Monolithic architecture, Service oriented architecture (SOA) and Microservices Architecture all have their benefits and drawbacks. Marching towards the cloud requires modernisation efforts unless, you plan to leave your applications behind. In the moving analogy, you need to decide what is going to be left behind (perhaps your old refrigerator). In the context of cloud migration it’s critical that you don’t blindly adopt the latest technology without thinking through the application modernisation process.

The ‘Six Rs’ of application modernisation

In 2011, Gartner first outlined the ‘Five Rs’ of application migration to cloud. These Rs represented application modernisation strategies. Technology and processes have advanced since then and, today there are six application modernisation strategies.

  1. Rehost — Sometimes known as ‘lift-and-shift’. Simply take the existing application and application architecture as-is and do the bare minimum to get the application to run in a cloud environment. It won’t take advantage of cloud features like elasticity, but it can run in the cloud. Think of it as placing your grand piano in the garage of the new home. May not be the final destination, but it’ll do for now.
  1. Refactor / Re-architect — This requires significant changes to the code and architecture of the application so it can take advantage of the cloud environment. It is the most expensive, but can provide the most beneficial to enterprises seeking performance and scale.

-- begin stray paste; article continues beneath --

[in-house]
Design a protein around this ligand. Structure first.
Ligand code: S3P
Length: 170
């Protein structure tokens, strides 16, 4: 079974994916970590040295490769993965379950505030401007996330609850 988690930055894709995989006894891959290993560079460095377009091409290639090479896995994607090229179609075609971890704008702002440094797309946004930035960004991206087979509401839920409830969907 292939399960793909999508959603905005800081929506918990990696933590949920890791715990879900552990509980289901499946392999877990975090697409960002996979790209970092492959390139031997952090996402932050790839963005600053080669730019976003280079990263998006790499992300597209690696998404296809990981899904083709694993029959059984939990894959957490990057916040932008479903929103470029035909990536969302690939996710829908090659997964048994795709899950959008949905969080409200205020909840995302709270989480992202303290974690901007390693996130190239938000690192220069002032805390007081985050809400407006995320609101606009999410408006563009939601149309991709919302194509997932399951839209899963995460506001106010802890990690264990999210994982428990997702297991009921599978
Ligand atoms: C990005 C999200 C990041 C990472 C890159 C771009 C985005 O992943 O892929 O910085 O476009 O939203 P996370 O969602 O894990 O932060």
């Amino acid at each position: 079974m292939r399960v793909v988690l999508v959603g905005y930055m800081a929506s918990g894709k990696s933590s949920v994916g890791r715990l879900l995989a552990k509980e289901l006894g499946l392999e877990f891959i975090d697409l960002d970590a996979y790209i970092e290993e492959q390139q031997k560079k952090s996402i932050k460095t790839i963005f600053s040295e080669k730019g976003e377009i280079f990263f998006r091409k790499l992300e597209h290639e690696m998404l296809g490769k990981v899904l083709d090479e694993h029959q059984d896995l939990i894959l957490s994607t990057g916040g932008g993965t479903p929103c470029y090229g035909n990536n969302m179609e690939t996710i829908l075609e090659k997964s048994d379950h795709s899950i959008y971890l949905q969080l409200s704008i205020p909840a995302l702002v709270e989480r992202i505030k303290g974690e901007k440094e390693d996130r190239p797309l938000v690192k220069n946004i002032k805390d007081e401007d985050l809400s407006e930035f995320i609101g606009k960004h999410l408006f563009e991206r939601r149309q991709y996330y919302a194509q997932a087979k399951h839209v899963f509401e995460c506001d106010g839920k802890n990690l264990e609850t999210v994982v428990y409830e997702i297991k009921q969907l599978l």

1. Rebuild — Starts with a clean slate. Old code is discarded and replaced with new code. Design the application as you need it to run in the cloud, and carry nothing over from the original application. Similar to refactoring or re-architecting an application, rebuilding is an expensive option but will deliver more value in the cloud.
  1. Retain —Some applications provide a lot of value in an existing environment. The costs to rehost, refactor or rebuild are high and the return is small. These should be retained. In other words, leave them where they are. Maybe you don’t take your jacuzzi tub with you.
  2. Replace — Completely discards the current application in favour of using a Software-as-a-Service (SaaS) solution. Enterprises can save a lot of money when they don’t have to build, deploy and scale applications in-house. Instead of packing that vacuum, mop and broom, simply hire a cleaning service.
  3. Retire — You may realise that some applications provide little value in your existing environment and wouldn’t provide much value in the new home. Retire them.

The best way to determine which strategy makes the most sense for each of your applications requires you to determine the target state of each application. Ask the following questions:

  • What is the purpose of the application?
  • Which environment is best suited for the application?
  • What resources (people, budget, tools) are available for modernizing the application?
  • Is the return of the modernisation effort worth the investment?

Considering these questions should help to identify which application modernisation strategies are realistic and feasible. Be sure to think about more than just the immediate bottom line: the chosen strategy should also consider how it will affect your customers, future earnings and flexibility.

The cloud is a draw that offers many wonderful opportunities, as is a shiny new house. Before embarking on a major digital transformation, be sure the grand piano fits. An application-centric approach to network services can be your on-ramp to the cloud.